Univ. joins complaint against Comast sports networks

Jan. 5, 2010, 1:15 a.m.

San Jose’s hockey team isn’t the only shark in the Bay Area, according to a complaint filed against Comcast Cable by Stanford University, the city of San Bruno and two local cable providers.

The Dec. 23 Federal Communications complaint — filed jointly by Horizon Cable TV, WaveDivision Holdings, the city of San Bruno and Stanford University–alleges that Comcast, the nation’s largest cable operator, unfairly combined its Sacramento and Bay Area regional sports networks, forcing cable competitors wanting to broadcast Comcast’s programming to purchase both CSN Bay Area and CSN California (Sacramento).

Comcast reassigned its game coverage of MLB Baseball’s Oakland A’s and the NHL’s San Jose Sharks from its San Francisco network (CSN Bay Area) to its Sacramento network (CSN California), raising the price of both networks, even though CSN Bay Area lost coverage of its headlining teams. Competing cable companies that wanted to run coverage of those teams had to pay more for two Regional Sports Networks (RSNs) and non-Comcast subscribers were landed with increased rates.

What’s more, the complaint says, Comcast raised prices for its own combined sports network package without increasing “major league sports programming.”

Comcast maintains that it reassigned its game programming to reduce scheduling conflicts and increase local sports coverage. For instance, according to CED Magazine, CSN Bay Area used to run games of both the A’s and San Francisco Giants, whose extra-long major league seasons would conflict with The Sharks’ and NBA Golden State Warriors’ games. Comcast says offering games on the Sacramento network eliminates any overlaps.

The allegations come at a bad time for Comcast, which is in the process of buying NBC Universal. The petitioners, backed by the American Cable Association, which represents small and medium-sized cable operators like Horizon and WaveDivision, slapped Comcast with the FCC complaint now to ensure that Comcast does not discriminate prices with NBC content.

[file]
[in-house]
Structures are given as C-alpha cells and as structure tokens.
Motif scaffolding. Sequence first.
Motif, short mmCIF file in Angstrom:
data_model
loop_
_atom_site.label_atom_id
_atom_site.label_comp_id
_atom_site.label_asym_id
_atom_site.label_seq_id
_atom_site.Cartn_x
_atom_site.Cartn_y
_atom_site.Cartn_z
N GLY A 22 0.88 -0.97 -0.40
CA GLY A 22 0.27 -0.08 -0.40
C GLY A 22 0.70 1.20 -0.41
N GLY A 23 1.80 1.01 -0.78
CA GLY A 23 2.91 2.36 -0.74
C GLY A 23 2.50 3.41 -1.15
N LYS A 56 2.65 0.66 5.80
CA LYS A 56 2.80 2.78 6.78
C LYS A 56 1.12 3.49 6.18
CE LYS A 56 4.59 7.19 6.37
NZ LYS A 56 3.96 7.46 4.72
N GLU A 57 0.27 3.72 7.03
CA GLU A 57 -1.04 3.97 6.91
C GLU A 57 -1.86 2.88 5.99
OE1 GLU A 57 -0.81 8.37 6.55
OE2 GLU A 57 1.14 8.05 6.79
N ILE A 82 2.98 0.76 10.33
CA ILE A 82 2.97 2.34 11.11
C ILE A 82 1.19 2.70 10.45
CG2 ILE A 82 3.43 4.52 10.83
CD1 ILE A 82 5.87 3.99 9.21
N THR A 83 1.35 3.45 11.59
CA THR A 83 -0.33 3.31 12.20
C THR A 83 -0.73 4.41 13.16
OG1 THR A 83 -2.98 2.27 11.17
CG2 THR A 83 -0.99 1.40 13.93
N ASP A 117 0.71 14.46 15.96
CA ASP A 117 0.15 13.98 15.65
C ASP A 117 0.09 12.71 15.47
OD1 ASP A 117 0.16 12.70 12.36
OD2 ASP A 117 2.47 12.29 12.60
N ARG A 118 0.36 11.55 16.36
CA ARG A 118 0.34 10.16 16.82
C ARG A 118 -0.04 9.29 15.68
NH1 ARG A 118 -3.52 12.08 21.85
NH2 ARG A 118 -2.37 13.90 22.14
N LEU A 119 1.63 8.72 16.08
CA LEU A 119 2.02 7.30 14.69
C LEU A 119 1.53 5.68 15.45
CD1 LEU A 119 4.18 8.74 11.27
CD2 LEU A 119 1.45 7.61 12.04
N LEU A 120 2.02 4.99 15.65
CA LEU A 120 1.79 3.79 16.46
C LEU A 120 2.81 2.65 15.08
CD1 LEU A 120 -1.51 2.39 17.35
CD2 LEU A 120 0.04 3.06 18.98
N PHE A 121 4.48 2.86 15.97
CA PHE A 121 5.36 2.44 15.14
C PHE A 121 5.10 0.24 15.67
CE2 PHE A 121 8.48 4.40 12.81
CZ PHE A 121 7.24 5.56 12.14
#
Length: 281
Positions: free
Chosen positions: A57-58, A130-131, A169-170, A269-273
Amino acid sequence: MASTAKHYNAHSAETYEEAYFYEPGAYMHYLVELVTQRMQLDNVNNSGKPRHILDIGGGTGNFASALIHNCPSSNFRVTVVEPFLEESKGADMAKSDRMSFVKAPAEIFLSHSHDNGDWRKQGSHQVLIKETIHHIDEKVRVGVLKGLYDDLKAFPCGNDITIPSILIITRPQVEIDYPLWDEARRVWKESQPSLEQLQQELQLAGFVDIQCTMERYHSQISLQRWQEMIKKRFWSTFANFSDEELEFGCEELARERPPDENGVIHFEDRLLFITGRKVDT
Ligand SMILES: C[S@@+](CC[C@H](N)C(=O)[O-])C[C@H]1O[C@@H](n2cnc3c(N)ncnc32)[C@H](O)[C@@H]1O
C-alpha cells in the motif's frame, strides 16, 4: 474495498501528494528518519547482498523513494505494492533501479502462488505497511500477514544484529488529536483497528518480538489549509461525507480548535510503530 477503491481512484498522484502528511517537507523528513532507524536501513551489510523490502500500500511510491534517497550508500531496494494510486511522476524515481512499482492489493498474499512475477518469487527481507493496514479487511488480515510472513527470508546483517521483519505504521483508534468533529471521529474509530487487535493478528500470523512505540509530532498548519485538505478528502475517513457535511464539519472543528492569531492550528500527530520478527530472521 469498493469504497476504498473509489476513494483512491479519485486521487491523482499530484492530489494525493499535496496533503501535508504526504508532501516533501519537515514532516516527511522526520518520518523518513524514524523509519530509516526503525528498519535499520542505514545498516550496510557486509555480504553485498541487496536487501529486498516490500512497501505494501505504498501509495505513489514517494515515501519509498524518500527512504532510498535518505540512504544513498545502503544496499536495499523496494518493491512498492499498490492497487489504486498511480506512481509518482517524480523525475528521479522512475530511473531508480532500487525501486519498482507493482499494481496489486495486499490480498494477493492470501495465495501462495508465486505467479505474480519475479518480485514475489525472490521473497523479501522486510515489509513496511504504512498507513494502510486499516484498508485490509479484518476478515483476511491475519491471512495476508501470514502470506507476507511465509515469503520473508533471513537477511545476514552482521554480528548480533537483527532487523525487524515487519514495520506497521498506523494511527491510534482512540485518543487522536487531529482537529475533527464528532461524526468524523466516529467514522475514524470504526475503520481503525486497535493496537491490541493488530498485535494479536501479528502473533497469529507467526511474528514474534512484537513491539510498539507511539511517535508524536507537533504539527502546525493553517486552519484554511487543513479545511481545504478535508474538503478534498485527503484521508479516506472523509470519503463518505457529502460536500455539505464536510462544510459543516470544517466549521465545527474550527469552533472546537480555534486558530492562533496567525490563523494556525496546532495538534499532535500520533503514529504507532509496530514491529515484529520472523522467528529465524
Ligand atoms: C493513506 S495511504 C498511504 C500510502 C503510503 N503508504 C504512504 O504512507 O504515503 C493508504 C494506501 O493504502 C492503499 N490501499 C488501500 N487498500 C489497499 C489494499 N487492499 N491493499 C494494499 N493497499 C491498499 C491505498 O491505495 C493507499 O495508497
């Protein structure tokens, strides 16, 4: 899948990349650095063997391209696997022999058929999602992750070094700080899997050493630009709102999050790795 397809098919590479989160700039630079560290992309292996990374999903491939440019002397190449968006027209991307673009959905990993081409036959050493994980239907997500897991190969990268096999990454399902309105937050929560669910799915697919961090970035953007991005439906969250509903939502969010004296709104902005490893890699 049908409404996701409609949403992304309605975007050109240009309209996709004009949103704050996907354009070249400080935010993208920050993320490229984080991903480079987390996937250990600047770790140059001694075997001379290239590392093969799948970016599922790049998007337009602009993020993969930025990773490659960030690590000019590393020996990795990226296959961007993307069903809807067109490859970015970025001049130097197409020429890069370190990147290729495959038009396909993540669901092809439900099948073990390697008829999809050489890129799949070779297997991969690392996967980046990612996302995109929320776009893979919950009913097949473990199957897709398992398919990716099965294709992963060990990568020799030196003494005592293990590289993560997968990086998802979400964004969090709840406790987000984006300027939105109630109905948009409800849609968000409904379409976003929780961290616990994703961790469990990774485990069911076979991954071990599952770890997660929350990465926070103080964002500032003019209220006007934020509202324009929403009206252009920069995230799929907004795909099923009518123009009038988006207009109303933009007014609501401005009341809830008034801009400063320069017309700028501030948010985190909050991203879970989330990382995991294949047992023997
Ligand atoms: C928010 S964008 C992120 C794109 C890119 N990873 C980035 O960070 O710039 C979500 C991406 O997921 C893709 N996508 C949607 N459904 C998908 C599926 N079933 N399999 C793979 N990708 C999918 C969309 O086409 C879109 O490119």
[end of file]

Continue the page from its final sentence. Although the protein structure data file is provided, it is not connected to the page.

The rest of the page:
“The complaint highlights the need for additional safeguards and remedies to prevent Comcast Corp. from abusing its market power to harm consumers, competitors, and the public interest in the distribution of ‘must have’ regional sports networks under its control,” said American Cable Association President Matt Polka in a statement. “Regulators must be certain that if Comcast takes control of NBC Universal, it can’t engage in unfair methods of competition and deceptive practices when competitors seek access to NBC broadcast signals, Comcast-NBCU national cable networks, and various Internet-content services, such as live streaming of the Olympics.”

Stanford University, the city of San Bruno and WaveDivision and Horizon are asking for the FCC to sanction Comcast, restore the previous major league content arrangements and award damages to the petitioners.

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